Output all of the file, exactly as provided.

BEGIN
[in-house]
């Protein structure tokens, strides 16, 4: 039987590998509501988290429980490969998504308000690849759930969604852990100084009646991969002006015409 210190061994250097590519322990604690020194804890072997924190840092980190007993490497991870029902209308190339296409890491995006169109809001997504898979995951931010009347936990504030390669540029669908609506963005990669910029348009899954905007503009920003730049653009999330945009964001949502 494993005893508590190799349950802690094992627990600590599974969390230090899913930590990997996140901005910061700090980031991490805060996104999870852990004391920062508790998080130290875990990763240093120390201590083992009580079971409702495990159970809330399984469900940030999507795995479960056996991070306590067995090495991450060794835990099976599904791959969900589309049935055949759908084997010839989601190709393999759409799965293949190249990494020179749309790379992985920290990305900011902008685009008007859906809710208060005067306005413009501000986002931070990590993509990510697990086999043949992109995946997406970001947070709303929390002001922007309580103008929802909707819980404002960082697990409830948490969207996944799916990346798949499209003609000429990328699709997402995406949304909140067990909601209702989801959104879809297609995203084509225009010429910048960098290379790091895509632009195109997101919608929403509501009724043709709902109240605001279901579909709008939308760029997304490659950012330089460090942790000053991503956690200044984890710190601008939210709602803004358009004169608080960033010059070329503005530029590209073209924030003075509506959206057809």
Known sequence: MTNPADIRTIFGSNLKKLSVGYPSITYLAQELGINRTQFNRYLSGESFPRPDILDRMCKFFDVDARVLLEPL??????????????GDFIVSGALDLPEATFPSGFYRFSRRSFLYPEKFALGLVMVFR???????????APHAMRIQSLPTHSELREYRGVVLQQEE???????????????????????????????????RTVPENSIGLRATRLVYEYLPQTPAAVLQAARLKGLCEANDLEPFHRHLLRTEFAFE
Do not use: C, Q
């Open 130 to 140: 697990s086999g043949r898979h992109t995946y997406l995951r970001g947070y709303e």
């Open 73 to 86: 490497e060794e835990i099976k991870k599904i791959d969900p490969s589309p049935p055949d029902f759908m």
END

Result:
[in-house]
């Protein structure tokens, strides 16, 4: 039987590998509501988290429980490969998504308000690849759930969604852990100084009646991969002006015409 210190061994250097590519322990604690020194804890072997924190840092980190007993490497991870029902209308190339296409890491995006169109809001997504898979995951931010009347936990504030390669540029669908609506963005990669910029348009899954905007503009920003730049653009999330945009964001949502 494993005893508590190799349950802690094992627990600590599974969390230090899913930590990997996140901005910061700090980031991490805060996104999870852990004391920062508790998080130290875990990763240093120390201590083992009580079971409702495990159970809330399984469900940030999507795995479960056996991070306590067995090495991450060794835990099976599904791959969900589309049935055949759908084997010839989601190709393999759409799965293949190249990494020179749309790379992985920290990305900011902008685009008007859906809710208060005067306005413009501000986002931070990590993509990510697990086999043949992109995946997406970001947070709303929390002001922007309580103008929802909707819980404002960082697990409830948490969207996944799916990346798949499209003609000429990328699709997402995406949304909140067990909601209702989801959104879809297609995203084509225009010429910048960098290379790091895509632009195109997101919608929403509501009724043709709902109240605001279901579909709008939308760029997304490659950012330089460090942790000053991503956690200044984890710190601008939210709602803004358009004169608080960033010059070329503005530029590209073209924030003075509506959206057809």
Known sequence: MTNPADIRTIFGSNLKKLSVGYPSITYLAQELGINRTQFNRYLSGESFPRPDILDRMCKFFDVDARVLLEPL??????????????GDFIVSGALDLPEATFPSGFYRFSRRSFLYPEKFALGLVMVFR???????????APHAMRIQSLPTHSELREYRGVVLQQEE???????????????????????????????????RTVPENSIGLRATRLVYEYLPQTPAAVLQAARLKGLCEANDLEPFHRHLLRTEFAFE
Do not use: C, Q
């Open 130 to 140: 697990s086999g043949r898979h992109t995946y997406l995951r970001g947070y709303e």
């Open 73 to 86: 490497e060794e835990i099976k991870k599904i791959d969900p490969s589309p049935p055949d029902f759908m």